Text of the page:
Hoiberg doesn't alter starting lineup after bad loss

                                                                                                                                                                                                   
  • Chicago Bulls guard Dwyane Wade (3) and Sacramento Kings center Kosta Koufos (41) go for a rebound during the first half of an NBA basketball game in Chicago, Saturday, Jan. 21, 2017.

    Chicago Bulls guard Dwyane Wade (3) and Sacramento Kings center Kosta Koufos (41) go for a rebound during the first half of an NBA basketball game in Chicago, Saturday, Jan. 21, 2017.

 
 
Updated 1/21/2017 10:41 PM

After Friday's ugly loss in Atlanta, Bulls coach Fred Hoiberg vowed the coaching staff would "look at everything" and make changes if necessary.

There was no change in the starting lineup Saturday when the Bulls played Sacramento at the United Center. The Bulls ended up losing to the Hawks by 9, but trailed 35-13 after the first quarter and were down by 30 for much of the night.

 

Before playing the Kings, Hoiberg talked about getting an early lesson in coaching when he first became an NBA player.

"The first thing Larry Brown told me when I signed my contract with the Pacers (in 1995), he doesn't coach effort," Hoiberg said. "It's about putting a game plan together. Guys have got to get ready to go out and play a game and get yourself prepared to go out and play together and give an honest effort.

"That's what we have to do. We have to prepare the same way every night, regardless of who we're playing and go out and execute and hopefully play together."

Bulls apologize for loss:

Bulls players were apologetic after the loss in Atlanta. Dwyane Wade literally apologized via his Twitter account, sending the message, "That performance was AWFUL!!! I apologize to all the Chicago fans and Wade fans."

Jimmy Butler scored 17 points in the first half, but accepted blame for the Bulls' poor showing until a lineup of subs cut into the lead in the fourth quarter.

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"It's terrible basketball," Butler said, according to bulls.com. "That's not the way we're supposed to play. Starting with me and going all the way down the line, we have to be better as a whole, as a team. Otherwise we're going to keep getting our (butts) beat.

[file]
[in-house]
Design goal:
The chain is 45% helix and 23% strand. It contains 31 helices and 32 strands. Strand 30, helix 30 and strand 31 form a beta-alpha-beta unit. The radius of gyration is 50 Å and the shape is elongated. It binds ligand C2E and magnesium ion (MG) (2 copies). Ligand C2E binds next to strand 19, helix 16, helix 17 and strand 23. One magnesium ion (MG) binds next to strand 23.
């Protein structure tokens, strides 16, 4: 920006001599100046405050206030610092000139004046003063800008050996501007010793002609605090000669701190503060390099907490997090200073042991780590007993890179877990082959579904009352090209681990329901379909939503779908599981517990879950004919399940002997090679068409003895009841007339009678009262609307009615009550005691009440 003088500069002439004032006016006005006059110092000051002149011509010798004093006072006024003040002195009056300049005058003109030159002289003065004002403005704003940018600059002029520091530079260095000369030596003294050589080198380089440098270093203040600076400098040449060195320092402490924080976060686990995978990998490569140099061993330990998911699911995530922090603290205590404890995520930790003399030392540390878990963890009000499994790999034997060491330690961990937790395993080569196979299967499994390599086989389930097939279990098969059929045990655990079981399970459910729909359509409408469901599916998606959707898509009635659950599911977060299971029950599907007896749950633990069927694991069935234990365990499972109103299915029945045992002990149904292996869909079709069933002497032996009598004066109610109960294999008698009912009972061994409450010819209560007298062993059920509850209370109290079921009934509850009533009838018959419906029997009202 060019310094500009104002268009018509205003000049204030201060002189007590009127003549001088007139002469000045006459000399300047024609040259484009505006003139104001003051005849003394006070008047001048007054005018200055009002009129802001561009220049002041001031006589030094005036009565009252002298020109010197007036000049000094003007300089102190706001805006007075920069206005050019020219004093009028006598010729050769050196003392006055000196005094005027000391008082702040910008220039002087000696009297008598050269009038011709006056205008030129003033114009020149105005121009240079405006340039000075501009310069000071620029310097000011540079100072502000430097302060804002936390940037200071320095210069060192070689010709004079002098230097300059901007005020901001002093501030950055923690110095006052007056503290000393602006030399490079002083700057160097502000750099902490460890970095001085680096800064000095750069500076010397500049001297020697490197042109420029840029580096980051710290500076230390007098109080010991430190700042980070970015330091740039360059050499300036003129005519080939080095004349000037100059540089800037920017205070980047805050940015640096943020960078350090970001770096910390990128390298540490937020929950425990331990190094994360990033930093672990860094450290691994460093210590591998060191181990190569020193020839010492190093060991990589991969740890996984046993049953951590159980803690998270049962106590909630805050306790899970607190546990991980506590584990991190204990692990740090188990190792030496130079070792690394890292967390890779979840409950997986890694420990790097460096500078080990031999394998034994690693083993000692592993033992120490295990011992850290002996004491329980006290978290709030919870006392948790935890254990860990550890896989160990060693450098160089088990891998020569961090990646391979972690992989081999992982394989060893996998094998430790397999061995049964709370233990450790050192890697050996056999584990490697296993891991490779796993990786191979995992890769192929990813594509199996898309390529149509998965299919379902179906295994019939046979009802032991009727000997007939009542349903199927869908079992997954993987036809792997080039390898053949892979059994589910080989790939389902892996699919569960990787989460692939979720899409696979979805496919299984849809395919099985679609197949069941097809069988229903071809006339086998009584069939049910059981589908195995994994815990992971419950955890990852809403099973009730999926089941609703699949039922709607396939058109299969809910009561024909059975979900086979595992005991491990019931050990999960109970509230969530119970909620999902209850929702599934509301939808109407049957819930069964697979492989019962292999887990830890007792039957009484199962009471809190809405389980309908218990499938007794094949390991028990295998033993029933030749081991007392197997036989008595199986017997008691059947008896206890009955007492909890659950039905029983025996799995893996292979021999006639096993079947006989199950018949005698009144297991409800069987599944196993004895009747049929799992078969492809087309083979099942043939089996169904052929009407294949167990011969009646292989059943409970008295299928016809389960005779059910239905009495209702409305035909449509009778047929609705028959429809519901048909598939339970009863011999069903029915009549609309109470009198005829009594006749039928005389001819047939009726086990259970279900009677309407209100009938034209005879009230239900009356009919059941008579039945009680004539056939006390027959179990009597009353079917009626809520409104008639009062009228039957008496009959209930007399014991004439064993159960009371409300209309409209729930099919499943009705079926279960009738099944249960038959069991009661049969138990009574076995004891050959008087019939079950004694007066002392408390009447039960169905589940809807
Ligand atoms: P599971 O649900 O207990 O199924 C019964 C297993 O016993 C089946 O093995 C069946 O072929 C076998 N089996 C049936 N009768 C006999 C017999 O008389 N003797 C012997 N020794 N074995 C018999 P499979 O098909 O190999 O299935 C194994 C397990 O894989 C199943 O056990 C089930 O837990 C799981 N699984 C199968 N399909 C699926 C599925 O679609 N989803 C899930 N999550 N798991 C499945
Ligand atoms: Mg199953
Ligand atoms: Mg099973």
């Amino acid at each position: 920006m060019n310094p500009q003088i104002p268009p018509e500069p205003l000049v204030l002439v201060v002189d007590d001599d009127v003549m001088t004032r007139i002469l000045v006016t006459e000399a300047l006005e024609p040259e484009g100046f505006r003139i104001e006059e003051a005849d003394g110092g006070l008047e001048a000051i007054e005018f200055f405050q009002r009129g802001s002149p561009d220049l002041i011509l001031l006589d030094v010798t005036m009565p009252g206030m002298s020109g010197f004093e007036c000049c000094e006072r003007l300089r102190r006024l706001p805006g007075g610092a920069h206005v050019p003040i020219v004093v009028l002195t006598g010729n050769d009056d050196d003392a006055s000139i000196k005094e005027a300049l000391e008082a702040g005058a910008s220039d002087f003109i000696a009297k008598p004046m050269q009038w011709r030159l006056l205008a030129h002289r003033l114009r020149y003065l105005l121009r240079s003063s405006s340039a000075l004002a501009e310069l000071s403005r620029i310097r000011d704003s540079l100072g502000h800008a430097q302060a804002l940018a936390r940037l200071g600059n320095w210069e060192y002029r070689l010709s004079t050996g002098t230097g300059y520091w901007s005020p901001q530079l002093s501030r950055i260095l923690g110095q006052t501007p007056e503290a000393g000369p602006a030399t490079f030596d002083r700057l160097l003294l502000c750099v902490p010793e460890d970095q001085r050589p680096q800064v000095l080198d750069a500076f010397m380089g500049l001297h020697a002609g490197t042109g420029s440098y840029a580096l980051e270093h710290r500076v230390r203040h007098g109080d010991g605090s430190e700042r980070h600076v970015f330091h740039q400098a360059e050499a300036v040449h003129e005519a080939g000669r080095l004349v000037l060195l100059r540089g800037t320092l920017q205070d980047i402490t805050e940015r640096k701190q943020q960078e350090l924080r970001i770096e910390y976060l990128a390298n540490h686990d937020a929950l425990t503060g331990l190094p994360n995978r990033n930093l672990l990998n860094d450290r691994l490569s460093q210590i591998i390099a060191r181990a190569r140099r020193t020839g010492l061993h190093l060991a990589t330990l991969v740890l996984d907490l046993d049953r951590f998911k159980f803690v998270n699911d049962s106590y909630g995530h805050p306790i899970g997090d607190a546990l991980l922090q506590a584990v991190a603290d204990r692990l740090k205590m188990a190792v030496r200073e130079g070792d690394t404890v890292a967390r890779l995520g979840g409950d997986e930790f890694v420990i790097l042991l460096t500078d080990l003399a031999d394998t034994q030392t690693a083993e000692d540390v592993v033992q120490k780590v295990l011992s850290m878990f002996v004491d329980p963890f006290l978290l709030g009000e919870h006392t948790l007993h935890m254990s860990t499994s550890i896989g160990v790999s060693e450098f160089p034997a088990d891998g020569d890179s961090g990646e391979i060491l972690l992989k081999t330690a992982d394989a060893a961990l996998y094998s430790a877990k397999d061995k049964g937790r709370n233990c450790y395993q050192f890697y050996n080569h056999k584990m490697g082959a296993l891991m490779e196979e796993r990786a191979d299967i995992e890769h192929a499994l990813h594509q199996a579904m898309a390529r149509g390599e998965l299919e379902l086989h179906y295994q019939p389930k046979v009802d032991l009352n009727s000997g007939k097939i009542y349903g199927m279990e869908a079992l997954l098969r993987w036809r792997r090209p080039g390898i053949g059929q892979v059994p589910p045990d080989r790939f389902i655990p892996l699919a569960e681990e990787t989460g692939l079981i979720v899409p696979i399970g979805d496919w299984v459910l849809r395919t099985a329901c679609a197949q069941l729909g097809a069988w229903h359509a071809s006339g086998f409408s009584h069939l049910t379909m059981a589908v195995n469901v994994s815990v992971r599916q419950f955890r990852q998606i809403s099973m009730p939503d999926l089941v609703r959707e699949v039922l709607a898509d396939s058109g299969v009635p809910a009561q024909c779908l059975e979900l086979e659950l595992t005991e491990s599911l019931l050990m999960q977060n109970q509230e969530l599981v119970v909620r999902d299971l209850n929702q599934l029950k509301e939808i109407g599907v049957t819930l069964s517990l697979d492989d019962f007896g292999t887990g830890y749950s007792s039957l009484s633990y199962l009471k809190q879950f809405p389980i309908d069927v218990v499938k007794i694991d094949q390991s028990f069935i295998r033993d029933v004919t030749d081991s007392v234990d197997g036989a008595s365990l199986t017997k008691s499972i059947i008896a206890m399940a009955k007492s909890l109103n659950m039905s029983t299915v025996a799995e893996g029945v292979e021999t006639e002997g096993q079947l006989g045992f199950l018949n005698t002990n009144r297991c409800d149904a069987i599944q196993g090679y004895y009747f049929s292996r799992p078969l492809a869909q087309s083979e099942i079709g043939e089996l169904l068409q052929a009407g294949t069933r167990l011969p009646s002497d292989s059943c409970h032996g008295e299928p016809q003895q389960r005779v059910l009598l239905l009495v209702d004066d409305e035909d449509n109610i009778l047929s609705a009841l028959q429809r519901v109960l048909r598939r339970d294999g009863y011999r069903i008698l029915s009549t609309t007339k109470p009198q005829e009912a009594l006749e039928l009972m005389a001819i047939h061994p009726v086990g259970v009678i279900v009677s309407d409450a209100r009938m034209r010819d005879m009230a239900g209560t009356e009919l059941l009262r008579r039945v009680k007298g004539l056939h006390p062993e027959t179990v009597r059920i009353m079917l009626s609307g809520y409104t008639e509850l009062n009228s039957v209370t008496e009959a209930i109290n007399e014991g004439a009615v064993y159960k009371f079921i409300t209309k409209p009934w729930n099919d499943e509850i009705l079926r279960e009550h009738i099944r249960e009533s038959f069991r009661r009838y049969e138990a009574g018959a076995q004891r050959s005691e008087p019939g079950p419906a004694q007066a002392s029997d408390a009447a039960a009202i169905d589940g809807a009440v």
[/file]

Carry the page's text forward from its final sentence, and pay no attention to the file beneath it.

"Losing is something I don't accept, we shouldn't accept. We have to go out and do better. Frustrated, (ticks) me off because I know what we are capable of in this locker room."

Change costs Wade:

Dwyane Wade would have been an all-star starter this year if the NBA hadn't changed the rules to include voting from players and media.

He finished second among Eastern Conference guards in the fan voting. For years, the fan vote was all that counted, but Wade wasn't concerned.

"You've got some people who don't like change and some people who do," Wade told reporters Friday, according to espn.com. "Actually, once I watched TNT and I kind of seen the breakdown on how (the vote) goes, I thought it was interesting.

                                                                                                                                                                                                                       
 

"I think that a lot of us players, as you come in the league, you benefit from evolution. I benefited from evolution when the (hand-checking) rules changed. And that's what this is, it's an evolution of all-star voting and a lot of guys have benefited from it. It's never a bad thing."

Jimmy Butler did benefit from the change. He finished fifth in East frontcourt fan voting (behind LeBron James, Giannis Antetokounmpo, Joel Embiid and Kevin Love). But with support from players and media, he moved up to third and earned a starting spot.

Wade casts honest ballot:

Not every NBA player took all-star voting seriously. The only Bulls players who did not receive votes were Bobby Portis, Doug McDermott and Paul Zipser.

So low-contributing guys like Isaiah Canaan, Denzel Valentine and Cristiano Felicio did receive votes.

Dwyane Wade, who has been to 12 all-star games, said he filled out a ballot, but declined to mention who he voted for.

"I didn't vote for myself," he said. "I voted for guys I thought deserved to be in the All-Star Game. You can't vote for everybody; you only vote for the starters."

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